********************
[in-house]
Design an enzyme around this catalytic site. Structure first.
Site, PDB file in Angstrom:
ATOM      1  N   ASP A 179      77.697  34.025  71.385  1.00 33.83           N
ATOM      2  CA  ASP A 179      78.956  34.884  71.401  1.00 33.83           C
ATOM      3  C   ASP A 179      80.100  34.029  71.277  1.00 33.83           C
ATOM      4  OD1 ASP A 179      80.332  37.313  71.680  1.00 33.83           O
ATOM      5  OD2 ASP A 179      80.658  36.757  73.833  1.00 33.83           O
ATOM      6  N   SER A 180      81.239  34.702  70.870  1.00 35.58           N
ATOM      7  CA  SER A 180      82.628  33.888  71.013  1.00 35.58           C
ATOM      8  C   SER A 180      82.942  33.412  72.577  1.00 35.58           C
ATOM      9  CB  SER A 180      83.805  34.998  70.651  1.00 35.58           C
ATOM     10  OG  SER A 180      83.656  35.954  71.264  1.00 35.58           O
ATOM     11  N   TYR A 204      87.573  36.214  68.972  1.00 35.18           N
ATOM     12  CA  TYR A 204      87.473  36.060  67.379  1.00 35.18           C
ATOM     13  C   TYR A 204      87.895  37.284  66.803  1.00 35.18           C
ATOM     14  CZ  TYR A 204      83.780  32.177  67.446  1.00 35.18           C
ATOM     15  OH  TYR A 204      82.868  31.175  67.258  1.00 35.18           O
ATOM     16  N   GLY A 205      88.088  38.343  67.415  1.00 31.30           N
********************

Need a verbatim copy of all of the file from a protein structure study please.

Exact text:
[in-house]
Design an enzyme around this catalytic site. Structure first.
Site, PDB file in Angstrom:
ATOM      1  N   ASP A 179      77.697  34.025  71.385  1.00 33.83           N
ATOM      2  CA  ASP A 179      78.956  34.884  71.401  1.00 33.83           C
ATOM      3  C   ASP A 179      80.100  34.029  71.277  1.00 33.83           C
ATOM      4  OD1 ASP A 179      80.332  37.313  71.680  1.00 33.83           O
ATOM      5  OD2 ASP A 179      80.658  36.757  73.833  1.00 33.83           O
ATOM      6  N   SER A 180      81.239  34.702  70.870  1.00 35.58           N
ATOM      7  CA  SER A 180      82.628  33.888  71.013  1.00 35.58           C
ATOM      8  C   SER A 180      82.942  33.412  72.577  1.00 35.58           C
ATOM      9  CB  SER A 180      83.805  34.998  70.651  1.00 35.58           C
ATOM     10  OG  SER A 180      83.656  35.954  71.264  1.00 35.58           O
ATOM     11  N   TYR A 204      87.573  36.214  68.972  1.00 35.18           N
ATOM     12  CA  TYR A 204      87.473  36.060  67.379  1.00 35.18           C
ATOM     13  C   TYR A 204      87.895  37.284  66.803  1.00 35.18           C
ATOM     14  CZ  TYR A 204      83.780  32.177  67.446  1.00 35.18           C
ATOM     15  OH  TYR A 204      82.868  31.175  67.258  1.00 35.18           O
ATOM     16  N   GLY A 205      88.088  38.343  67.415  1.00 31.30           N